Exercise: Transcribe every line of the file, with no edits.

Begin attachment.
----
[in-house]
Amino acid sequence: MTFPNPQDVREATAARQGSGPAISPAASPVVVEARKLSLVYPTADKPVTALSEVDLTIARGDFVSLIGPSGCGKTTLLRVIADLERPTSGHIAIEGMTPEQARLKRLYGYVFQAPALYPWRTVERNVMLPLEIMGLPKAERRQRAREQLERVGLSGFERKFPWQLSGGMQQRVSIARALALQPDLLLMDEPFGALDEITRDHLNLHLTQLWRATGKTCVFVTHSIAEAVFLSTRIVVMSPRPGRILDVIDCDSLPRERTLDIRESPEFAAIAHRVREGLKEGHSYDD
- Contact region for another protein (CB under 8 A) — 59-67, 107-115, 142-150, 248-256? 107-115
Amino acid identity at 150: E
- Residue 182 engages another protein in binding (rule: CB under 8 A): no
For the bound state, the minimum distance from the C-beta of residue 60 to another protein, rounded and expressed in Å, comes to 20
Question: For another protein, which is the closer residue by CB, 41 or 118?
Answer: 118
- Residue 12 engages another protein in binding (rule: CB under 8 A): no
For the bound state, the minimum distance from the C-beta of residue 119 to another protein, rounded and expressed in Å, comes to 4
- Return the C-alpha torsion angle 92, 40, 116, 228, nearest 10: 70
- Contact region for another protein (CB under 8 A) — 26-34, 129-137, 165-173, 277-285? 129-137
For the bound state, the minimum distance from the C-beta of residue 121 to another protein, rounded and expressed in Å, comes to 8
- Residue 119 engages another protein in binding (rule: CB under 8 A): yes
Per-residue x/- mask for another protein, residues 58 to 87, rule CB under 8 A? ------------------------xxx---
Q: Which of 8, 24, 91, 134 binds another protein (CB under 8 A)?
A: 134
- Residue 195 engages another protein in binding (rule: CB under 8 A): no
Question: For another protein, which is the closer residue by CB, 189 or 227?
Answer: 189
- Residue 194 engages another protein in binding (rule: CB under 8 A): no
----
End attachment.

[in-house]
Amino acid sequence: MTFPNPQDVREATAARQGSGPAISPAASPVVVEARKLSLVYPTADKPVTALSEVDLTIARGDFVSLIGPSGCGKTTLLRVIADLERPTSGHIAIEGMTPEQARLKRLYGYVFQAPALYPWRTVERNVMLPLEIMGLPKAERRQRAREQLERVGLSGFERKFPWQLSGGMQQRVSIARALALQPDLLLMDEPFGALDEITRDHLNLHLTQLWRATGKTCVFVTHSIAEAVFLSTRIVVMSPRPGRILDVIDCDSLPRERTLDIRESPEFAAIAHRVREGLKEGHSYDD
- Contact region for another protein (CB under 8 A) — 59-67, 107-115, 142-150, 248-256? 107-115
Amino acid identity at 150: E
- Residue 182 engages another protein in binding (rule: CB under 8 A): no
For the bound state, the minimum distance from the C-beta of residue 60 to another protein, rounded and expressed in Å, comes to 20
Question: For another protein, which is the closer residue by CB, 41 or 118?
Answer: 118
- Residue 12 engages another protein in binding (rule: CB under 8 A): no
For the bound state, the minimum distance from the C-beta of residue 119 to another protein, rounded and expressed in Å, comes to 4
- Return the C-alpha torsion angle 92, 40, 116, 228, nearest 10: 70
- Contact region for another protein (CB under 8 A) — 26-34, 129-137, 165-173, 277-285? 129-137
For the bound state, the minimum distance from the C-beta of residue 121 to another protein, rounded and expressed in Å, comes to 8
- Residue 119 engages another protein in binding (rule: CB under 8 A): yes
Per-residue x/- mask for another protein, residues 58 to 87, rule CB under 8 A? ------------------------xxx---
Q: Which of 8, 24, 91, 134 binds another protein (CB under 8 A)?
A: 134
- Residue 195 engages another protein in binding (rule: CB under 8 A): no
Question: For another protein, which is the closer residue by CB, 189 or 227?
Answer: 189
- Residue 194 engages another protein in binding (rule: CB under 8 A): no